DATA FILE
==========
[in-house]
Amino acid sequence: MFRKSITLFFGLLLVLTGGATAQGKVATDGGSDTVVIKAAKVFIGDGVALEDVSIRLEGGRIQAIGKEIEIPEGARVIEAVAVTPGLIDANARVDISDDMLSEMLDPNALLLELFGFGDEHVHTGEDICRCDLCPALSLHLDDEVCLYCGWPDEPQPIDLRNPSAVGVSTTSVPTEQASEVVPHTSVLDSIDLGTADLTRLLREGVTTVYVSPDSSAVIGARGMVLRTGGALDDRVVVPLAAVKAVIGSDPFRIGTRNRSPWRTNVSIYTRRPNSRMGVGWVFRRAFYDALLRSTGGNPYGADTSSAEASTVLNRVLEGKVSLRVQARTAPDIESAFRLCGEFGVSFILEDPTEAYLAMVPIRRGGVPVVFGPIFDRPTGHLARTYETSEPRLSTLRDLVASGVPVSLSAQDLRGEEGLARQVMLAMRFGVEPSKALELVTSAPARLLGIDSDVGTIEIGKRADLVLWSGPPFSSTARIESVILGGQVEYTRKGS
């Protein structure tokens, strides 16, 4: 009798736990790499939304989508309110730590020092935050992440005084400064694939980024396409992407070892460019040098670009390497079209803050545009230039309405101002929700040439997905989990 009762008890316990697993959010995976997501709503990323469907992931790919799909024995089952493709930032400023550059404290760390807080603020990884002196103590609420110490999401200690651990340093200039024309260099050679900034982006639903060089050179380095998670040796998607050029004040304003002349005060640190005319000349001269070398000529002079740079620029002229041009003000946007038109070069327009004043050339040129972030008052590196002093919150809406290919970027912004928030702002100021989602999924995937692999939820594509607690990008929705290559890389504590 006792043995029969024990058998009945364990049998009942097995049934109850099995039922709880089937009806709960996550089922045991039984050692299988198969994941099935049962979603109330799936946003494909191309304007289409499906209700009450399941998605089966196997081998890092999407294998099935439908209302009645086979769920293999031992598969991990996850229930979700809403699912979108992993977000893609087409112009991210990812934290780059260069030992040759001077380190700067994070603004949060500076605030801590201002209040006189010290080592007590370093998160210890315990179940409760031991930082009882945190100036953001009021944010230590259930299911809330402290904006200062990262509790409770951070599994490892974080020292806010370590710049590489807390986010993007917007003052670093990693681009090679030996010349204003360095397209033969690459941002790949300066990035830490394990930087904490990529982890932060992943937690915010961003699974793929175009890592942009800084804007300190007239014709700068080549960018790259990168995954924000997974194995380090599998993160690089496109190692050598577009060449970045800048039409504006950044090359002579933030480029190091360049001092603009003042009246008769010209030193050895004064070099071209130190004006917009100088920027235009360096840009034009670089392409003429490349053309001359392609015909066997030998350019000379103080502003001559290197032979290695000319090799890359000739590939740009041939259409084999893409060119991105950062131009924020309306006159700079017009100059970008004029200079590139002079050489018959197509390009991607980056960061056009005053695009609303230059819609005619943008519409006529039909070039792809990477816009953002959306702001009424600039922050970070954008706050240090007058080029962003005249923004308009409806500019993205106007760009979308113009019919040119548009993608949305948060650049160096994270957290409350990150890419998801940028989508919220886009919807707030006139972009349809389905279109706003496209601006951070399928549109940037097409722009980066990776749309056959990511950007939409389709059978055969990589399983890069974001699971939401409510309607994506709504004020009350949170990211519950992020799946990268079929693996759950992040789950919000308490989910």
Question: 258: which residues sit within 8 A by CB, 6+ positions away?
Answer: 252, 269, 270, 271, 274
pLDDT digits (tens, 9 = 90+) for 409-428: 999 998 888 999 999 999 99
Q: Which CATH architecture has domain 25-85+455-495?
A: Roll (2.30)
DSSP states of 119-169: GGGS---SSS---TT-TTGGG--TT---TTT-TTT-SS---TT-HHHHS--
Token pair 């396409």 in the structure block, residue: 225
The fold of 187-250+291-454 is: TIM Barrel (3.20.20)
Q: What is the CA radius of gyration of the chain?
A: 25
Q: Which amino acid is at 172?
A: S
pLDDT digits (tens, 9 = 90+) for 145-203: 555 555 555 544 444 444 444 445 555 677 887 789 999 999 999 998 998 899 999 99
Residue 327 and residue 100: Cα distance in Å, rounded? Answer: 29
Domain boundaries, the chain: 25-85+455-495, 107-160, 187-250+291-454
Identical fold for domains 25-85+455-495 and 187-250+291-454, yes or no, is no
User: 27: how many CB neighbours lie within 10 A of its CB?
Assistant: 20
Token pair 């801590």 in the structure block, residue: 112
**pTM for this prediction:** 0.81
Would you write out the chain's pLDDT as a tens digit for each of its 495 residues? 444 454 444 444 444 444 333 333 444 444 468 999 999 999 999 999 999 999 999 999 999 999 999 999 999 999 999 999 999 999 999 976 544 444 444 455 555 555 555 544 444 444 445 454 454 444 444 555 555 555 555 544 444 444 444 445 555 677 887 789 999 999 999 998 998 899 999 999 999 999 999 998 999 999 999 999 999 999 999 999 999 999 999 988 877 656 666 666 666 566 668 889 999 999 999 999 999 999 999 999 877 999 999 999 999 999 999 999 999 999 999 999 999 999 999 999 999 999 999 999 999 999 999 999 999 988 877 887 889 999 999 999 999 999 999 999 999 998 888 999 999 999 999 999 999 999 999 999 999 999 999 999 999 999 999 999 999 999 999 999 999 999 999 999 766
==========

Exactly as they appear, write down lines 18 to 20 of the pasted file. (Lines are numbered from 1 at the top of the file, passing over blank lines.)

Domain boundaries, the chain: 25-85+455-495, 107-160, 187-250+291-454
Identical fold for domains 25-85+455-495 and 187-250+291-454, yes or no, is no
User: 27: how many CB neighbours lie within 10 A of its CB?